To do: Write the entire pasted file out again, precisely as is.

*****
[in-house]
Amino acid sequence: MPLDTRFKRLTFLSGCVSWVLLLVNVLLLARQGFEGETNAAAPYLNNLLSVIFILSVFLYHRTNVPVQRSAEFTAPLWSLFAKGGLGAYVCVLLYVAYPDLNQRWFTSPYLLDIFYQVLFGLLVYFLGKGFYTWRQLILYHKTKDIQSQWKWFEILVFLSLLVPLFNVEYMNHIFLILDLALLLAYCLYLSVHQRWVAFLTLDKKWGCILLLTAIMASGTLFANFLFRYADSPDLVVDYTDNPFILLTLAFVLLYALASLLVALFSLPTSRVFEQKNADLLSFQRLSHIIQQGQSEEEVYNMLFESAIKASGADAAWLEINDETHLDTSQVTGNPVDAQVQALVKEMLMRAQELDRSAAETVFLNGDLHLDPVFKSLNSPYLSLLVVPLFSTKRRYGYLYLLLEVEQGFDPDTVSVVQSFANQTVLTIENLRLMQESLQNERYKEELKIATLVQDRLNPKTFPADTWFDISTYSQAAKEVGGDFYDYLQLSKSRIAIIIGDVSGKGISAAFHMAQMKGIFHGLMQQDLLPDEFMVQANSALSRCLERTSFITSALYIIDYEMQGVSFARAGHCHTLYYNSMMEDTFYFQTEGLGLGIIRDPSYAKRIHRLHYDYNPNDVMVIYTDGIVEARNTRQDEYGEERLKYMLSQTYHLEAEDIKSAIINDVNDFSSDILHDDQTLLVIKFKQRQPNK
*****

[in-house]
Amino acid sequence: MPLDTRFKRLTFLSGCVSWVLLLVNVLLLARQGFEGETNAAAPYLNNLLSVIFILSVFLYHRTNVPVQRSAEFTAPLWSLFAKGGLGAYVCVLLYVAYPDLNQRWFTSPYLLDIFYQVLFGLLVYFLGKGFYTWRQLILYHKTKDIQSQWKWFEILVFLSLLVPLFNVEYMNHIFLILDLALLLAYCLYLSVHQRWVAFLTLDKKWGCILLLTAIMASGTLFANFLFRYADSPDLVVDYTDNPFILLTLAFVLLYALASLLVALFSLPTSRVFEQKNADLLSFQRLSHIIQQGQSEEEVYNMLFESAIKASGADAAWLEINDETHLDTSQVTGNPVDAQVQALVKEMLMRAQELDRSAAETVFLNGDLHLDPVFKSLNSPYLSLLVVPLFSTKRRYGYLYLLLEVEQGFDPDTVSVVQSFANQTVLTIENLRLMQESLQNERYKEELKIATLVQDRLNPKTFPADTWFDISTYSQAAKEVGGDFYDYLQLSKSRIAIIIGDVSGKGISAAFHMAQMKGIFHGLMQQDLLPDEFMVQANSALSRCLERTSFITSALYIIDYEMQGVSFARAGHCHTLYYNSMMEDTFYFQTEGLGLGIIRDPSYAKRIHRLHYDYNPNDVMVIYTDGIVEARNTRQDEYGEERLKYMLSQTYHLEAEDIKSAIINDVNDFSSDILHDDQTLLVIKFKQRQPNK